The Tribunal highlighted that clear policies were in place at the College around a positive approach to be taken to reassignment, but Lister had failed to follow them in several respects. He had also expressed his intention to continue to ignore them, meaning dismissal was an appropriate sanction.

Lister was also referred to the Disclosure and Barring Service (DBS) and was subsequently barred from participating in regulated activities with children.

Lister is the latest development in a series of cases on gender critical beliefs in the workplace. Since gender critical beliefs were held to be capable of protection under the Equality Act 2010 in Forstater, several cases have further articulated and clarified the nature and extent of that protection. Lister follows the binding EAT decision of Higgs (although that case is proceeding to the Court of Appeal) and makes it clear that while gender-critical beliefs are capable of being protected under the Equality Act 2010, objectionable manifestation, such as refusing to use requested pronouns or names or seeking to persuade a student not to transition in this context, is not.

The case provides useful guidance for employers seeking to balance the interests of employees with competing philosophical and/or religious beliefs. There were two points which were particularly important to the Tribunal finding that the College’s actions in response to Lister’s objectionable manifestation of his gender critical beliefs.

  1. Policies

The College had very clear policies in place relating to gender diversity and in particular, there was a Gender Reassignment Policy in place. This explicitly prohibited discrimination based on gender identity and provided that discrimination, harassment or abuse around gender identity would be treated as serious disciplinary offences. Staff were directed to use the name, title and pronoun by which a student (over the age of 16) wants to be addressed.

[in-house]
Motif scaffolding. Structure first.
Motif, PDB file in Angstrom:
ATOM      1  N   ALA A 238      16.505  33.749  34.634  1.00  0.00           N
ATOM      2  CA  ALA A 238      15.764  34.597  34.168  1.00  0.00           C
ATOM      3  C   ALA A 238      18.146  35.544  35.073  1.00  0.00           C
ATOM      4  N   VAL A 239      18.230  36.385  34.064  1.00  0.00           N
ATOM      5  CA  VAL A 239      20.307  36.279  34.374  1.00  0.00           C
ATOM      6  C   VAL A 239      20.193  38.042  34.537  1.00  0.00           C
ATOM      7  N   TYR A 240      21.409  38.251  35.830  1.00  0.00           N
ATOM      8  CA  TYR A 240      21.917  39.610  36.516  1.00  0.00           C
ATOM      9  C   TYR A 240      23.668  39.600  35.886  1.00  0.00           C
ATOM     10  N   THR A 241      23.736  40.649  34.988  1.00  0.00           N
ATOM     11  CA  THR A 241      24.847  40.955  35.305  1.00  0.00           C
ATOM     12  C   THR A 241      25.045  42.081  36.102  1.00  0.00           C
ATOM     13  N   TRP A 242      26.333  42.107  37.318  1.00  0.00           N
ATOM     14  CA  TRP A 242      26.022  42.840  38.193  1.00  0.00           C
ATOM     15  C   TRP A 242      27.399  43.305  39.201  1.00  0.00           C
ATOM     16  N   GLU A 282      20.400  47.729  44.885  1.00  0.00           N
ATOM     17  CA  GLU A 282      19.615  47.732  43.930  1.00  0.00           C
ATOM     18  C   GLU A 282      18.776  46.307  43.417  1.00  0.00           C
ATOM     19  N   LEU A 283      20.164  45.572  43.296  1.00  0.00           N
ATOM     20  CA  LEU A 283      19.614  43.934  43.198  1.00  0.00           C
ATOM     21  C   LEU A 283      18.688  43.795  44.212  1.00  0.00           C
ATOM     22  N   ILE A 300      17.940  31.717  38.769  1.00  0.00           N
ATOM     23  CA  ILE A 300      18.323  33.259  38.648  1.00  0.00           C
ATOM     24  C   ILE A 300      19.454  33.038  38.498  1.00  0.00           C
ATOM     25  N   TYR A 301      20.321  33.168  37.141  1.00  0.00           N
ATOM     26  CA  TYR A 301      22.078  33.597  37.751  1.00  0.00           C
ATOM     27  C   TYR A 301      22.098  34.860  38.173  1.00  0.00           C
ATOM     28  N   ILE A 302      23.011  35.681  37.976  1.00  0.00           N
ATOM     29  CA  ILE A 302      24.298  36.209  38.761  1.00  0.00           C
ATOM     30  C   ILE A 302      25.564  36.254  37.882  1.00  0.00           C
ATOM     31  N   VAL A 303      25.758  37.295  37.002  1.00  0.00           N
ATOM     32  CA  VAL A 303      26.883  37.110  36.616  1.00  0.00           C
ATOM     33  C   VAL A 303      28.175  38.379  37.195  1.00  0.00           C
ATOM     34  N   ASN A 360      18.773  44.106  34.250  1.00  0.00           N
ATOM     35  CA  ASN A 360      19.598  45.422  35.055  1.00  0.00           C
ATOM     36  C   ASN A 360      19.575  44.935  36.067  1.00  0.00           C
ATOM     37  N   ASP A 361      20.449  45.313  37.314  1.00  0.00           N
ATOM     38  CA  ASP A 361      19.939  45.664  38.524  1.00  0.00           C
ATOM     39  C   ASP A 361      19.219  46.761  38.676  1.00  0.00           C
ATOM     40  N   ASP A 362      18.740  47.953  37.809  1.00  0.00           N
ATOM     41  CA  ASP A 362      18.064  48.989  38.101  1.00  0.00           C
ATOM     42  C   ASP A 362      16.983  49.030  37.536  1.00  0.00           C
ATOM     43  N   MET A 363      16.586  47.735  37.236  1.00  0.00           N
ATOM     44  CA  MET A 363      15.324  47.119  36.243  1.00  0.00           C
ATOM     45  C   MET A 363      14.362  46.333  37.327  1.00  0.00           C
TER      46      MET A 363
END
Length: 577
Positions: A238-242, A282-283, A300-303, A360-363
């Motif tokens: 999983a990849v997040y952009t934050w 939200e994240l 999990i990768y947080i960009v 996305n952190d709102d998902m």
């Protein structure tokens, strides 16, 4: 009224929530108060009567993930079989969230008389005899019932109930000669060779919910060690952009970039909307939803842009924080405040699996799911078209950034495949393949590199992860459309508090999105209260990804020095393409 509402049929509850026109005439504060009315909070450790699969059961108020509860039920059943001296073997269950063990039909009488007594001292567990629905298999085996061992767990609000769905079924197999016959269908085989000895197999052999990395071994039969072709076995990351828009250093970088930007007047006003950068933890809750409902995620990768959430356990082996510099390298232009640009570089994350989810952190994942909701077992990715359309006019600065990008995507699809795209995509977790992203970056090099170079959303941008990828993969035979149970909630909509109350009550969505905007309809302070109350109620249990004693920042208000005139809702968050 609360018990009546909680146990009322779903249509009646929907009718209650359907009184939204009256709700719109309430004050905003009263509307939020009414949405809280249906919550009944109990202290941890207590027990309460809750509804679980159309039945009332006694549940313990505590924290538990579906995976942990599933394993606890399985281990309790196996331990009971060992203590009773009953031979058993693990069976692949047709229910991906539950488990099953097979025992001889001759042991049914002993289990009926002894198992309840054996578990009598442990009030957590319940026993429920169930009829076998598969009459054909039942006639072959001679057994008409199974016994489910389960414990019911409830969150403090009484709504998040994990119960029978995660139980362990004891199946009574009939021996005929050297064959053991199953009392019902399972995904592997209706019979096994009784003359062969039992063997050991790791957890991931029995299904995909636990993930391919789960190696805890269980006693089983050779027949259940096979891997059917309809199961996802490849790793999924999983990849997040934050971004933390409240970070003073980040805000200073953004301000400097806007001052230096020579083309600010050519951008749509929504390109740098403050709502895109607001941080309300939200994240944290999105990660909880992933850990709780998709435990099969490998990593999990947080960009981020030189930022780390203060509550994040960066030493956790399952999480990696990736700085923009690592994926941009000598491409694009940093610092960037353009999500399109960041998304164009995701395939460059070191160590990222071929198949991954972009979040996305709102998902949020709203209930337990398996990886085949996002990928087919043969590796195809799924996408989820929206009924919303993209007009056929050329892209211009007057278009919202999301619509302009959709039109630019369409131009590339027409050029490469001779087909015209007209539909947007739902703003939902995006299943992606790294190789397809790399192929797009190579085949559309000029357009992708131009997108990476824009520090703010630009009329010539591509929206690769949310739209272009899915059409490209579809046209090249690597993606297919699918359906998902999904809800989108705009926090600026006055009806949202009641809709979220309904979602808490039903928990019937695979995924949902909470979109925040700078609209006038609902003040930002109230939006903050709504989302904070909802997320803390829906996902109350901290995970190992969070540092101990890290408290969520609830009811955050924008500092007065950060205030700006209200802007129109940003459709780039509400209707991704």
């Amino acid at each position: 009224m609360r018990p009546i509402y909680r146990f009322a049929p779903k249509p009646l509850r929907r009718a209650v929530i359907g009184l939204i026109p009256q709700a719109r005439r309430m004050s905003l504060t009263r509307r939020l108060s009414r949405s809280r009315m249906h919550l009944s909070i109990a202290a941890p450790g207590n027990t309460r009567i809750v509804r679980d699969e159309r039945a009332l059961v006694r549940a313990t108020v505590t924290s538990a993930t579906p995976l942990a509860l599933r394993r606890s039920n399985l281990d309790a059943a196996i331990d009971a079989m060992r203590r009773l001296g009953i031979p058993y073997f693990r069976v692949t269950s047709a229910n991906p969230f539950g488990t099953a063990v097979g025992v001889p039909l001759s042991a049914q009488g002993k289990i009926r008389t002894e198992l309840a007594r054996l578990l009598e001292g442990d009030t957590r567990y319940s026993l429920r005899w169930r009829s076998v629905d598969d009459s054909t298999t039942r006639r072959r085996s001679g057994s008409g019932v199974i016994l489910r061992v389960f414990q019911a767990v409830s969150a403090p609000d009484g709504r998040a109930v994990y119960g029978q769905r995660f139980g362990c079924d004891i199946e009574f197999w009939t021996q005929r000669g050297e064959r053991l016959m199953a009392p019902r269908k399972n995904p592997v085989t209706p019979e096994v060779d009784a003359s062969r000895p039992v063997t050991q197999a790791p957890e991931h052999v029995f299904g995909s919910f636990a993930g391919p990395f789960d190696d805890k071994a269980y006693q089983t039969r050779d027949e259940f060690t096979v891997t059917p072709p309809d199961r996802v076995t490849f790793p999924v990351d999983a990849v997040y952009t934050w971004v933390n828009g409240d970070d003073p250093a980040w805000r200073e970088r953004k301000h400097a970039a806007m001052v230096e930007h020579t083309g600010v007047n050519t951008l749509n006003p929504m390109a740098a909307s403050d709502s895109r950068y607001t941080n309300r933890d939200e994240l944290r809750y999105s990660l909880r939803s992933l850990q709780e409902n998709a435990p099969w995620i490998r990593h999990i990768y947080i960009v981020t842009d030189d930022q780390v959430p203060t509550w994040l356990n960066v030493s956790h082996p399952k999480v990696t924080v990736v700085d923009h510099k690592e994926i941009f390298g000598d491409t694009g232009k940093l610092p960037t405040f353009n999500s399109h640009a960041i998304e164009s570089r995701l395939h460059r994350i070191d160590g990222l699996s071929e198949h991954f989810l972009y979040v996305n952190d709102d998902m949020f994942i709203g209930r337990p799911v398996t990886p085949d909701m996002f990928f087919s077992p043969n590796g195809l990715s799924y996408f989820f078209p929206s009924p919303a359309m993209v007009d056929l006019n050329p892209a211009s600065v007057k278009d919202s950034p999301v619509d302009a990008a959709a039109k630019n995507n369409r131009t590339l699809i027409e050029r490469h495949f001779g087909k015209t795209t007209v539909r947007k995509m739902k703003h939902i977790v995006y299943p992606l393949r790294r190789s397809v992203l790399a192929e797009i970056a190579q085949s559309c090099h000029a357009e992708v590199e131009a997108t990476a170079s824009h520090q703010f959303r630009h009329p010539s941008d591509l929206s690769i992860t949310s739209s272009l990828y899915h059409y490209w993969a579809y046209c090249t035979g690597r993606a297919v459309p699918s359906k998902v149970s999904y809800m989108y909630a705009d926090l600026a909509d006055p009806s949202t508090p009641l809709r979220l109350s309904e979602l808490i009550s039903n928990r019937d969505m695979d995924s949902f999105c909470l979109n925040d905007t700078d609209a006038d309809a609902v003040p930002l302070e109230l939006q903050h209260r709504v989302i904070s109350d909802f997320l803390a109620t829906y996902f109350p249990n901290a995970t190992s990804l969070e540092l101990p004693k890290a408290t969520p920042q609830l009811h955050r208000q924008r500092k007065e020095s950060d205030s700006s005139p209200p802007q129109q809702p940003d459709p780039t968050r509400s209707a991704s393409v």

By adopting clear and accessible policies on trans and non-binary discrimination and harassment in environments where it is appropriate to do so, employers can help to protect gender diverse customers, service users or staff and ensure all staff members understand what is expected from them in the workplace.

  1. Thorough, balanced investigation

The Tribunal was also satisfied that the College had conducted a thorough and balanced disciplinary process and investigation. The relevant issues were clearly understood during the disciplinary process, in particular the balance between the right of one party to hold a particular belief versus the potential discriminatory impact this may have on another where a person’s philosophical belief is being manifested in an objectionable way.

In cases like this one where the law is regularly evolving and requires a careful balancing act, employers should conduct robust and thorough investigations with reference to existing policies. Each investigation should reflect all of the relevant facts and circumstances of the case and recognise the need for a nuanced approach. Legal advice on balancing the approach is advisable.